A culinary renaissance is afoot in Manila
Locals once dismissed traditional Filipino cuisine as not being restaurant-worthy, depriving visitors of a chance to sample the Philippines’ multi-faceted dishes, while international restaurants stuck to the safe and stodgy. Happily, those days are over, and exciting chefs are putting Manila on the culinary map, where it belongs.
From a relaxing pre-dinner drink in the restaurant's ever-changing private art gallery to the personal attention from the chefs and staff of the modern yet cosy 20-seat dining room, an evening at Gallery Vask is unlike any other. It comes as no surprise that a chef with the pedigree of Chele Gonzalez's is cooking at the country's only restaurant to make the prestigious Asia's 50 Best Restaurants list. Using techniques honed at El Celler de Can Roca and El Bulli, Gonzalez transforms humble Filipino dishes into culinary masterpieces infusing local flavours with modern cooking techniques and ingredients.
Purple Yam Melate
Eating at Purple Yam Melate is a bit like having dinner at a friend's house. There's a good reason for that: the restaurant is located in the house where co-owner Amy Besa grew up. The menu here changes depending on the market and the whims of the chef. A pumpkin soup is garnished with palapa, a piquant relish typical of Maguindanao in the Muslim south. Maya maya, a type of snapper, comes simply roasted or lightly fried to highlight the freshness of the fish, but is served with a dizzying array of condiments. Dessert if you're lucky will be chesa tikoy, a sticky rice snack topped with mashed ube, the purple yam that gives the restaurant its name and a childhood favourite of Besa's.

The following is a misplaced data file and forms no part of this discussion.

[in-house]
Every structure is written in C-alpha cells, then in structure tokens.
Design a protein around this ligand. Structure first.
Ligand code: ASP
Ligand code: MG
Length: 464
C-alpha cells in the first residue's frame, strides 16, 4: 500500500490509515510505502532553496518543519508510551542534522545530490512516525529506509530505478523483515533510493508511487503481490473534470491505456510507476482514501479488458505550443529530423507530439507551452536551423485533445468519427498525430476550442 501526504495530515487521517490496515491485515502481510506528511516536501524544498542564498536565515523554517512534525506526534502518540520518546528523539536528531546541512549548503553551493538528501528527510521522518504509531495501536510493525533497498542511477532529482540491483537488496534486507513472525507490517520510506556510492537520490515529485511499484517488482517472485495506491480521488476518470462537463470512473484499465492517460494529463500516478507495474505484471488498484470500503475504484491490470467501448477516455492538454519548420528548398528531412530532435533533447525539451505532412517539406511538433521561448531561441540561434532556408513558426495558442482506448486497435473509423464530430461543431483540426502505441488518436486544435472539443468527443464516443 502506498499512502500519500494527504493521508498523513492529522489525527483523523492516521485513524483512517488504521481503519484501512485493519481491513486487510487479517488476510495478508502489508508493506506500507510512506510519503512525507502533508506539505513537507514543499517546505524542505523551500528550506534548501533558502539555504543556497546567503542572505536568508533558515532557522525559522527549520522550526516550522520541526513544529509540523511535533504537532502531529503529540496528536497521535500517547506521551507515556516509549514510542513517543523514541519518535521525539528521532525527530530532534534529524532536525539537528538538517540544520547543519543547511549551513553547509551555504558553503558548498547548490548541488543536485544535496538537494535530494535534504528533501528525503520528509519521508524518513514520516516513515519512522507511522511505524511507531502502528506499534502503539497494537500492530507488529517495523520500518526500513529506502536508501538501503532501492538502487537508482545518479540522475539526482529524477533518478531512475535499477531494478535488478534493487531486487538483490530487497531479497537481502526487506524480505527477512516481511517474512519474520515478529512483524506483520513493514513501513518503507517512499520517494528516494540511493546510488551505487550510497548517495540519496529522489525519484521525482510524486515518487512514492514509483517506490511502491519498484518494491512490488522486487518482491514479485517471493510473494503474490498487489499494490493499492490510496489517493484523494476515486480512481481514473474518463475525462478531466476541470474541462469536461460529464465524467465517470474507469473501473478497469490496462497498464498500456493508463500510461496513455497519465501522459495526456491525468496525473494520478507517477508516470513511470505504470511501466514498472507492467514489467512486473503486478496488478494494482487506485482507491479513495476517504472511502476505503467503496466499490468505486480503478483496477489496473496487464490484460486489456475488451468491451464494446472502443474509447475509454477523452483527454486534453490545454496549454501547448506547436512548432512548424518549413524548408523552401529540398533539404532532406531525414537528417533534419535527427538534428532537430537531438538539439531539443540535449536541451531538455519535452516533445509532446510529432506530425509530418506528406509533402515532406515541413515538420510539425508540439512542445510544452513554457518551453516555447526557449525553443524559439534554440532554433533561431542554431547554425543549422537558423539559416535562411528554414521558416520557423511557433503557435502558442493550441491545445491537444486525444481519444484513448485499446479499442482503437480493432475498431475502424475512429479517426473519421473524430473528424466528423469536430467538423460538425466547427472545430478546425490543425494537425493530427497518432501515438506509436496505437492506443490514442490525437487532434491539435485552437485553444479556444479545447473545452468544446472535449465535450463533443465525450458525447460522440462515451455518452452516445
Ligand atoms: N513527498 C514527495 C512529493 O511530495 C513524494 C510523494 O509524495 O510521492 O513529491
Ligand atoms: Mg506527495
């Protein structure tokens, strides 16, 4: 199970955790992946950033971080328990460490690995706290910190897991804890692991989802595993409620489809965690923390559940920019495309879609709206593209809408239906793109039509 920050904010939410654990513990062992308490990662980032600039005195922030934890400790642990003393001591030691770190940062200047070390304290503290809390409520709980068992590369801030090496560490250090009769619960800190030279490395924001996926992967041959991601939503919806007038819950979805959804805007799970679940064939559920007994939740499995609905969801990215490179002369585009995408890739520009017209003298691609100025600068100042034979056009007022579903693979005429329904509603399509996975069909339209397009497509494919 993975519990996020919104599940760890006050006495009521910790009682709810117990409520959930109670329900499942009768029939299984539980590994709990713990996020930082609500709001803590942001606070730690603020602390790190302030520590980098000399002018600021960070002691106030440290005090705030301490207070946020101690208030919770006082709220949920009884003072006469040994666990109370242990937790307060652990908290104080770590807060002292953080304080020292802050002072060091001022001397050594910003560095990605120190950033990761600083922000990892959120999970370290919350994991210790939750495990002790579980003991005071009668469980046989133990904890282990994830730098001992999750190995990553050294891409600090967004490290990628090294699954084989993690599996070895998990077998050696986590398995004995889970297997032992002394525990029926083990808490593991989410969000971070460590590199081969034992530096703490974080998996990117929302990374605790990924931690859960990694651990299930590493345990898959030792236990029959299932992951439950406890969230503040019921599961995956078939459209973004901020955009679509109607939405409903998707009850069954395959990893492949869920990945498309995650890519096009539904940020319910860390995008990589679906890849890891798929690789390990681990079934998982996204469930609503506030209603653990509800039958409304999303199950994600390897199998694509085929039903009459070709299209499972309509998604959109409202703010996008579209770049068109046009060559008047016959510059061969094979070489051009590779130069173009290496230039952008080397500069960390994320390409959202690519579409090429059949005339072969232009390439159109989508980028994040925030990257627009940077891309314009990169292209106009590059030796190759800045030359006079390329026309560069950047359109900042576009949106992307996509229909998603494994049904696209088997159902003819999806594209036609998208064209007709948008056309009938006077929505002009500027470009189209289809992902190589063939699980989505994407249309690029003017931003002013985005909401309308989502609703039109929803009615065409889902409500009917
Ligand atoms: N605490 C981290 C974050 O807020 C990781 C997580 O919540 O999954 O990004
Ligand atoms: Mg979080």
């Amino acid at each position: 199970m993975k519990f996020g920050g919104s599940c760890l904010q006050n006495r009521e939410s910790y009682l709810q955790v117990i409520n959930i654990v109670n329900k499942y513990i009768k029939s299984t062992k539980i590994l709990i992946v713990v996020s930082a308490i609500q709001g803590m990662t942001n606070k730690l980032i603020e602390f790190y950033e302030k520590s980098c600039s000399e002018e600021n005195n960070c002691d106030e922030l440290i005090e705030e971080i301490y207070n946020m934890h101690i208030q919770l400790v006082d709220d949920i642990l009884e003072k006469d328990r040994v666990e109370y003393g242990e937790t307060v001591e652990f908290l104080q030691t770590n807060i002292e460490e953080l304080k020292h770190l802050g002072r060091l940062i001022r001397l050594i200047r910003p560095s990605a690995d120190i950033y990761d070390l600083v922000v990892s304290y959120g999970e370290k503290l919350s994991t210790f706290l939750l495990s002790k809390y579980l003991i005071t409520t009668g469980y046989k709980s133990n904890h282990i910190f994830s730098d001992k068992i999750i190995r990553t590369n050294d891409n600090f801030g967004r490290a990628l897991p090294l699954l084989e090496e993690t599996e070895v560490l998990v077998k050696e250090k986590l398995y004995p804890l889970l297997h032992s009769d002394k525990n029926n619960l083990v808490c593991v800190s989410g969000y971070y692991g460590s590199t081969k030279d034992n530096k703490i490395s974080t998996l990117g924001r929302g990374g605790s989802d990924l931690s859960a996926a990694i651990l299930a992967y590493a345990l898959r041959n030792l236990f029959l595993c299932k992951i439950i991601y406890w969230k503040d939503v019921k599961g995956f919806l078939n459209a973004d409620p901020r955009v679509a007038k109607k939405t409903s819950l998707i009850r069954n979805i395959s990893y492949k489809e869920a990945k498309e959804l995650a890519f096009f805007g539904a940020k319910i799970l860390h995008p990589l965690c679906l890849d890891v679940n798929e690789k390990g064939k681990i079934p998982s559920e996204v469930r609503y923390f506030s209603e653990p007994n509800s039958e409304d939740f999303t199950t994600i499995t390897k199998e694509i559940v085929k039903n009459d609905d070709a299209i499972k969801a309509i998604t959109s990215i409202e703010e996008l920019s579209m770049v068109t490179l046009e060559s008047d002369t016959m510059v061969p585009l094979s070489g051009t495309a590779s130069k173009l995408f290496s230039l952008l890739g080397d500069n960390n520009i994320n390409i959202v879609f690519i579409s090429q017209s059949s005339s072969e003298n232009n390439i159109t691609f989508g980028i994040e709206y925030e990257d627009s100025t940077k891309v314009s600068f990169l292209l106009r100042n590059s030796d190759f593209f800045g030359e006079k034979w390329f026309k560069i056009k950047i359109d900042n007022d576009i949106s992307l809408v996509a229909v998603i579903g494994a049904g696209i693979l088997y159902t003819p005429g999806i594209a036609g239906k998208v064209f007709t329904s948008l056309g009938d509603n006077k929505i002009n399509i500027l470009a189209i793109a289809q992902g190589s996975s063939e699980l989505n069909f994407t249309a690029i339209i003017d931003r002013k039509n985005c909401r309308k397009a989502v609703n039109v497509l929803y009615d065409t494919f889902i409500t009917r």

Toyo is the Tagalog word for soy sauce, an omnipresent ingredient in Filipino cooking that is easily taken for granted but that lends dishes their characteristic richness and depth. Chef Jordy Navarra of Toyo Eatery reflects that balance throughout his menu, hitting all the right notes with reworked Filipino classics like silog, Filipino fried rice, given a kick with dried tuna roe; grilled mackerel cooked in homemade butter and subtly soured with guava, kamias fruit and tamarind leaf; and the moist, almost gooey cassava cake that comes out of an old-fashioned charcoal oven before being given a final char on the grill.
This gorgeous restaurant located at the former terminal building of Phillippines’ first airport offers all-day dining. Chef Colin Mackay's menu draws inspiration from around the globe. Burrata, mozzarella's creamy cousin, is locally sourced and paired with peperonata, marinated sweet peppers; scotch quail eggs rolled in minced prawn sit on a betel leaf with mildly spiced sambal; and a selection of grilled seafood gets Vietnamese nuoc cham dipping sauce and pink peppercorns mixed with salt. Some of the desserts served at Blackbird were already popular when the then-airport opened, like sticky toffee pudding and baked Alaska.